My daughter is a destroyer of forests. She spends a great deal of her free time drawing, and because she is only six, she has a great deal of free time. We go through so much paper that I feel guilty each Wednesday morning when I drag the recycling to the curb. And that's just the pictures we toss; she insists on saving a high percentage of her output as well.
We've tried using a white board, but you can't save pictures from a white board and she spends the rest of the day walking around with ink all over the side of her hand. Plus, she likes to use drawing utensils other than markers, including colored pencils, uncolored pencils, pastels, pens, and a variety of paints. She has taken to the iPad, and with the 99-cent Art Set app, she now draws and saves pictures on the iPad, saving numerous trees each week. The only problem with Art Set is that I have to tell her that Angry Birds and DoodleJump are not among her current entertainment options when I hand her the tablet for a drawing session.
Art Set is a very realistic and very simple drawing app. There aren't any settings to bog you down. Simply open a virtual drawer, choose your weapon, and go. It took less than 2 minutes for my daughter to start drawing and cluttering my photo library with her output.
To get started, tap the frame button at the bottom of the app. This takes you to your gallery of saved works. Tap the button with the plus sign on the right to choose your paper. When you are starting at your blank canvas, there are three buttons at play in the lower-left corner. From left to right, they open virtual drawers that let you choose your color, choose your drawing tool, and view recently used tools. In the lower-right corner are undo and redo buttons.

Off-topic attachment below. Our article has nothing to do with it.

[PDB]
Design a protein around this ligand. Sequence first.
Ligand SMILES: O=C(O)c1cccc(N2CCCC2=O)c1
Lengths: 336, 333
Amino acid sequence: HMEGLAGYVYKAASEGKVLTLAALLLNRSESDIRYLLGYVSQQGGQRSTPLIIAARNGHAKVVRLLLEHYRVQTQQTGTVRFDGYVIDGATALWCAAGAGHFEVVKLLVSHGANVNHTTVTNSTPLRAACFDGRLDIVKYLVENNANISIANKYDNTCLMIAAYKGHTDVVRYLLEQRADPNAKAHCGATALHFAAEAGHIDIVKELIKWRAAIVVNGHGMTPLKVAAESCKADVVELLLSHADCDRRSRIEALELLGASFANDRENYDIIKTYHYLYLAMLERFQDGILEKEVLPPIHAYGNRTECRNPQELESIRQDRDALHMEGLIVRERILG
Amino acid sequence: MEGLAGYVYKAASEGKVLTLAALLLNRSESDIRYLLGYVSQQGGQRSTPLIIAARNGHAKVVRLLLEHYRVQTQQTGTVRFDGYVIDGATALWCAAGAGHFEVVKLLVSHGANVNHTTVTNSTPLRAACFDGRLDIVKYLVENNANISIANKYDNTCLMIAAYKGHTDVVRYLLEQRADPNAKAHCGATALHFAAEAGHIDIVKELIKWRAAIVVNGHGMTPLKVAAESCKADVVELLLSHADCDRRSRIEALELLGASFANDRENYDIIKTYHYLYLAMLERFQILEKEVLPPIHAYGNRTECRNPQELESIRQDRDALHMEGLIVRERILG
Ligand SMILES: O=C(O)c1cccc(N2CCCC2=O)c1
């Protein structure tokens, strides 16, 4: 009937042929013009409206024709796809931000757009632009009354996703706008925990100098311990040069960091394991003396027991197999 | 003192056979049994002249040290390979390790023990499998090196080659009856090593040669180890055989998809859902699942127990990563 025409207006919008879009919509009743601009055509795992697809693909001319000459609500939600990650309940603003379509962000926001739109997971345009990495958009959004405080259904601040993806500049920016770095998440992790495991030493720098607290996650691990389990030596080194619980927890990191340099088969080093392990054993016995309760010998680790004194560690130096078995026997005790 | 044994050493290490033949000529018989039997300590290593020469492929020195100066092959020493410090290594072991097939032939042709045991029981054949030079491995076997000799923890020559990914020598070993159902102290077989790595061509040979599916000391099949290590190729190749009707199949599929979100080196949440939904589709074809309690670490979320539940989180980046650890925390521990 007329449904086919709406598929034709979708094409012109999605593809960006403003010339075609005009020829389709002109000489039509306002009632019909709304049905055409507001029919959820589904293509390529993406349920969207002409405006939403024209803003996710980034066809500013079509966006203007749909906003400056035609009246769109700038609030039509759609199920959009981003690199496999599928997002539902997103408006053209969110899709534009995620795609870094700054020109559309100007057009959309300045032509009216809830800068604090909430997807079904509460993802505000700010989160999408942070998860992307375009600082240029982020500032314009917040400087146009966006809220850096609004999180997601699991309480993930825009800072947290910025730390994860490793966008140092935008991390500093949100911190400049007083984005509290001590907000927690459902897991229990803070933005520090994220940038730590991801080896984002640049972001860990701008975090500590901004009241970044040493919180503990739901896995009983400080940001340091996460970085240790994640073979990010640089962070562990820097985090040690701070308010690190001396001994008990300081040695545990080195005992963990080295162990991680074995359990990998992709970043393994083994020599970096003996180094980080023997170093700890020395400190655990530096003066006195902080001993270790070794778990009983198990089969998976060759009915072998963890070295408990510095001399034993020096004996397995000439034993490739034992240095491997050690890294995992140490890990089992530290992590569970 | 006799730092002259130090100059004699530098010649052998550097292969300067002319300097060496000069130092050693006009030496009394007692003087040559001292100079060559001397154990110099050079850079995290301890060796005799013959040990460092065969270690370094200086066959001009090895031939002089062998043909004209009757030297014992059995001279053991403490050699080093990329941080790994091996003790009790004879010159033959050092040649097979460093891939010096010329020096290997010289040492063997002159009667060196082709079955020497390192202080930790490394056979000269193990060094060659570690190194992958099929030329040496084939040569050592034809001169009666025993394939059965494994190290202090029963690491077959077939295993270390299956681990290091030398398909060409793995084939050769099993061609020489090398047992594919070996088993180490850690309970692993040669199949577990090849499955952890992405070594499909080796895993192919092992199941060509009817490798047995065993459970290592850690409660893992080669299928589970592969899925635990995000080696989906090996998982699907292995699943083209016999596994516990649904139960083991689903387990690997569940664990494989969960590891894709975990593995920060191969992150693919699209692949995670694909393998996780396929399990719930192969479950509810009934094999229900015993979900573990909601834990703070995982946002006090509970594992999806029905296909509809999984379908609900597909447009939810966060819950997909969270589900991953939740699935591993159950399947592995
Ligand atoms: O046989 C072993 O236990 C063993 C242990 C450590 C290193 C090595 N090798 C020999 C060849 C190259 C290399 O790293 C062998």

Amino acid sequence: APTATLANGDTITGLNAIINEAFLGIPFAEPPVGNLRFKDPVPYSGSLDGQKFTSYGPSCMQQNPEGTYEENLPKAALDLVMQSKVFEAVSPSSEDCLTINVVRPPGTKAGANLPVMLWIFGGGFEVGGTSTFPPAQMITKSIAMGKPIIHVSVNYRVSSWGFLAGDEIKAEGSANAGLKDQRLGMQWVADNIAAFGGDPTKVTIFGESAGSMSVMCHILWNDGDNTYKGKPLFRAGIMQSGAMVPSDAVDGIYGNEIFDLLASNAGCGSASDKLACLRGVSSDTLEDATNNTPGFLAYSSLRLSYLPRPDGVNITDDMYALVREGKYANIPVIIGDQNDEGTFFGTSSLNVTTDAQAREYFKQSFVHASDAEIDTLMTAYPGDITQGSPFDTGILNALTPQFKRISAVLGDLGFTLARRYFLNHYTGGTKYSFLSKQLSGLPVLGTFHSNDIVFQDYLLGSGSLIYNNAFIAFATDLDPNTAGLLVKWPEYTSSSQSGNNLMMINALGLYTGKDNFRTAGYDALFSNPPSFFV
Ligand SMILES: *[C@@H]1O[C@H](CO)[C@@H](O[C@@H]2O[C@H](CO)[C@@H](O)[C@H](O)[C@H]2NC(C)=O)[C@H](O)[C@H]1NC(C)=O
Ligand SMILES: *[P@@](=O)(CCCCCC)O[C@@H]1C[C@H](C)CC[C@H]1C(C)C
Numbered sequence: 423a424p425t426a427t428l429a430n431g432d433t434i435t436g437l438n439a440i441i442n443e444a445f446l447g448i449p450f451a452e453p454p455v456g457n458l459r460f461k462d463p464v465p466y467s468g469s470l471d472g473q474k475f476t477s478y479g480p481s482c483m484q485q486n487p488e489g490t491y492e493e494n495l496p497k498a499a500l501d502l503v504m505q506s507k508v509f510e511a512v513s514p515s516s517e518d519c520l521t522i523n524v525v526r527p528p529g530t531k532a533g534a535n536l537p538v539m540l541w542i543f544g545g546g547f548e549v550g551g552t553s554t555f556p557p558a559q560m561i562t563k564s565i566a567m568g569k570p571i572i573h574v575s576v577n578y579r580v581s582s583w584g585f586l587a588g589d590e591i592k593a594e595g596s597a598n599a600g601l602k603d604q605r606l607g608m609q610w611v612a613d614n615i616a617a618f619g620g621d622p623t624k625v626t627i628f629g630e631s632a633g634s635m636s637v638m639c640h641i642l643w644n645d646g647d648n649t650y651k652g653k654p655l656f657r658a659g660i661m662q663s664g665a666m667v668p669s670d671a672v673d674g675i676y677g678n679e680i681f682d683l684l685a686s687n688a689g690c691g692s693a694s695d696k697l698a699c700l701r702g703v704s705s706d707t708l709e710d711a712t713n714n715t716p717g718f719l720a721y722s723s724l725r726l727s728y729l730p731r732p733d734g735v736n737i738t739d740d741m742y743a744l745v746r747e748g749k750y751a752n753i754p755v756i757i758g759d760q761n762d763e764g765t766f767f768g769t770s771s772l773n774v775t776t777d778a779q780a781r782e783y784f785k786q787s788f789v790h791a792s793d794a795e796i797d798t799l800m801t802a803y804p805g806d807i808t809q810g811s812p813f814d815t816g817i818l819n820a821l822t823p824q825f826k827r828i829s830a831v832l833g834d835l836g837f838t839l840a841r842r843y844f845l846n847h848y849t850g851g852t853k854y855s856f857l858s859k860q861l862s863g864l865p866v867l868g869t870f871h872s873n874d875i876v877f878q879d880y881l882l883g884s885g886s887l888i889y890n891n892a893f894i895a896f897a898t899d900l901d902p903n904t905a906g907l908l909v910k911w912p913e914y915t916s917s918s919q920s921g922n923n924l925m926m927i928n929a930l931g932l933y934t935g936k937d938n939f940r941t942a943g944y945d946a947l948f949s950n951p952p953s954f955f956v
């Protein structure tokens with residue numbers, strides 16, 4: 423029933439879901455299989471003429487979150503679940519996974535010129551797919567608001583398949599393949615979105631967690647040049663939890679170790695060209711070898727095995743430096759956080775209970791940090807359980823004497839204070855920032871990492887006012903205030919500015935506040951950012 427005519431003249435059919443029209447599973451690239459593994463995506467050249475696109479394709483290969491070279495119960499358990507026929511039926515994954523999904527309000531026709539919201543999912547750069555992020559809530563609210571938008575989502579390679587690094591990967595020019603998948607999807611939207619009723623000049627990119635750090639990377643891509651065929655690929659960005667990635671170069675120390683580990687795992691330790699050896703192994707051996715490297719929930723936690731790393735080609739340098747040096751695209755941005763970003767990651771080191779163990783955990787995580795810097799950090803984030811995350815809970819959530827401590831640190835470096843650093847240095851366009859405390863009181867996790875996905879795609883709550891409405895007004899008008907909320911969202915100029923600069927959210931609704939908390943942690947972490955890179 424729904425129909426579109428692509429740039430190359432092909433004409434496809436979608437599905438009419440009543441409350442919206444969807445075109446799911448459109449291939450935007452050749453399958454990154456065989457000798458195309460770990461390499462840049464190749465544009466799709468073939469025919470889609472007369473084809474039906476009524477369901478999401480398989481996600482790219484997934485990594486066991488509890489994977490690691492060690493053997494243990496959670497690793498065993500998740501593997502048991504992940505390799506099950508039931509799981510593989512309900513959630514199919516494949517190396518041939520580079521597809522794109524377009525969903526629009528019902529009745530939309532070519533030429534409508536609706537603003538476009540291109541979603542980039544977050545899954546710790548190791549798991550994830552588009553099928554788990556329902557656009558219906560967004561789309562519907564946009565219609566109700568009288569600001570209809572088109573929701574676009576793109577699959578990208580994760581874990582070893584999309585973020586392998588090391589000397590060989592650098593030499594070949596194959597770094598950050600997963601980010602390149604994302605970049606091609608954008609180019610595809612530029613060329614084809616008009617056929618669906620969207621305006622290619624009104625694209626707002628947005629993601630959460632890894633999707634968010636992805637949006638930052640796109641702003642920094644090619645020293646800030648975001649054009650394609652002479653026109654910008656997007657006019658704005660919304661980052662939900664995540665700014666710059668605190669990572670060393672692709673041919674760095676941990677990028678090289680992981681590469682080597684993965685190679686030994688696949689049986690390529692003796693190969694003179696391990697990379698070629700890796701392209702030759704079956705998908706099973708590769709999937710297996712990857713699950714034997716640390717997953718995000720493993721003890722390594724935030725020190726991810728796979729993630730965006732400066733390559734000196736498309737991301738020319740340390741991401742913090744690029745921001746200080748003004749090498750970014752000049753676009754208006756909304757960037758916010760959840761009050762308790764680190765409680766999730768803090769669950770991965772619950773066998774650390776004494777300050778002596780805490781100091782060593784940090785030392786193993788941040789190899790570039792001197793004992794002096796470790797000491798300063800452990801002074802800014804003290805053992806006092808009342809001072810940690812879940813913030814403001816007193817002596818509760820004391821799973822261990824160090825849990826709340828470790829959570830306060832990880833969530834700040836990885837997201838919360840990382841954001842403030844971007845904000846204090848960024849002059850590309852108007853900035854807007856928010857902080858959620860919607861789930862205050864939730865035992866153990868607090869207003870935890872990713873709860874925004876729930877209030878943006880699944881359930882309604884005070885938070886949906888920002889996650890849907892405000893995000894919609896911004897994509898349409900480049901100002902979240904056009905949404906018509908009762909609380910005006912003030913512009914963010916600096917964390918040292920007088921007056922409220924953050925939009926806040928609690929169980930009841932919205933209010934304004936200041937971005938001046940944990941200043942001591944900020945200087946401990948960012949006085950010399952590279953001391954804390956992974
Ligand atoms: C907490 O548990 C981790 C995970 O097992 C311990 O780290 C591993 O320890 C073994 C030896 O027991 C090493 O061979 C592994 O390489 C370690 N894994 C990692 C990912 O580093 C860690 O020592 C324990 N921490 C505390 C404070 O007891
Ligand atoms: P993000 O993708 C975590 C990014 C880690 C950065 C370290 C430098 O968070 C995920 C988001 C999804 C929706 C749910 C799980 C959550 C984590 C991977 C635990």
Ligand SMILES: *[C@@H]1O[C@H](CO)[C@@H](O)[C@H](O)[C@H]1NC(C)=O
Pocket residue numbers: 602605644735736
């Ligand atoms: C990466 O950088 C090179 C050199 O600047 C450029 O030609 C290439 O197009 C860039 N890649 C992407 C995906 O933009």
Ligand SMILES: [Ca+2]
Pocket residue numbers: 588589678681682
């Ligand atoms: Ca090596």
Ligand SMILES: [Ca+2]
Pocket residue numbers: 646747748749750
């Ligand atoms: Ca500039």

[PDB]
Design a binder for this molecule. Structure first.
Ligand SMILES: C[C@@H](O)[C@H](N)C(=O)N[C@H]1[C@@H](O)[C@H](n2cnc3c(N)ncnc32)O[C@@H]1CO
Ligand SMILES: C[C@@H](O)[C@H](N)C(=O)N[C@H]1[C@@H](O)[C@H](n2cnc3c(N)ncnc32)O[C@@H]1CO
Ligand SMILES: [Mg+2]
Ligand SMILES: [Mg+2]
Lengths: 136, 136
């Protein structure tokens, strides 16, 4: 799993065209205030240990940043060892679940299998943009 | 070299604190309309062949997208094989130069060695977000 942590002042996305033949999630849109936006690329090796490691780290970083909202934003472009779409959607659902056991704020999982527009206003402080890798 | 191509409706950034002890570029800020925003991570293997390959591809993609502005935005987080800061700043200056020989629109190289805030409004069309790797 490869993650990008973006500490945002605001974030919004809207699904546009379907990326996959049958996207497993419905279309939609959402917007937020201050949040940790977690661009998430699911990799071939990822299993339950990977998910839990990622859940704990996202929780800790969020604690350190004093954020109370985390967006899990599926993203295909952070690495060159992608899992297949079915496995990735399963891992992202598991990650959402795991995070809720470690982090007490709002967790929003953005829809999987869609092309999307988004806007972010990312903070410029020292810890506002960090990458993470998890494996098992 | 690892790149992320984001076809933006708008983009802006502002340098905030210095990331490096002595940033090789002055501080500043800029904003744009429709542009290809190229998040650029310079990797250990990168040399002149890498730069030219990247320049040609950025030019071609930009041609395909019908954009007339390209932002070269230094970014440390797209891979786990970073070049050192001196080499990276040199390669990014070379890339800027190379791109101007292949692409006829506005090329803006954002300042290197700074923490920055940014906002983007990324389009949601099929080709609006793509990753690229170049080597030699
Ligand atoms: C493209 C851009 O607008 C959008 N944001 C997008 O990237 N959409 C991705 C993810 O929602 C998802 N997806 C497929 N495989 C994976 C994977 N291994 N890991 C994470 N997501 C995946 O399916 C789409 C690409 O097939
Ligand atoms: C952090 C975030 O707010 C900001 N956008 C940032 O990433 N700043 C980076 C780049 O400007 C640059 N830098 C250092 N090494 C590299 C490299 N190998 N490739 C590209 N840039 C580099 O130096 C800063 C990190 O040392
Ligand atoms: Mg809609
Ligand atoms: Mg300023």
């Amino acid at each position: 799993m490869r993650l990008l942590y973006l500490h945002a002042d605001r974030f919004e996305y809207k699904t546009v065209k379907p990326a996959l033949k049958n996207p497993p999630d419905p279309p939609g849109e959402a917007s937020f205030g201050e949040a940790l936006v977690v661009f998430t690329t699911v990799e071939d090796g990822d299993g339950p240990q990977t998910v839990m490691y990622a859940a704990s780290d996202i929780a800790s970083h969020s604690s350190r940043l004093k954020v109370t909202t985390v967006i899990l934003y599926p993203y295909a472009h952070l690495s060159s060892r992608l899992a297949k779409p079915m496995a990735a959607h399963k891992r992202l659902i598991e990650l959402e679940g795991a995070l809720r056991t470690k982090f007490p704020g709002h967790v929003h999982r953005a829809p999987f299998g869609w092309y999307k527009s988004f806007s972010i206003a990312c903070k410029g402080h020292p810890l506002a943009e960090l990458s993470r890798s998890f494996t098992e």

There are eight tools at your disposal: paint, colored pencil, crayon, pastel, pen, thick marker, thin marker, and eraser. After selecting your tool, you can then choose a color for it by opening the color drawer and swiping up and down until you find the color you need. Drawing feels natural, though I felt the claimed pressure sensitivity only when I used the paint tool, and even then it felt very limited. Still, each tool produces a realistic effect and makes the app fun to experiment with.
To save a drawing, tap the gallery button at the bottom of the display. From here, you'll see your saved works of art with buttons to save the highlighted image to your photo library, delete it, duplicate it, import an image from your photo library, or start a new project.
There is a landscape mode, though the only item that pivots is the small gallery button (the frame icon). Your works are saved in portrait mode, but you can rotate them in the Photos app if you save them there. Lastly, the app could be improved with the addition of a smudge tool. As it stands, however, Art Set makes for cheap, fun, and environmentally friendly artistic expression.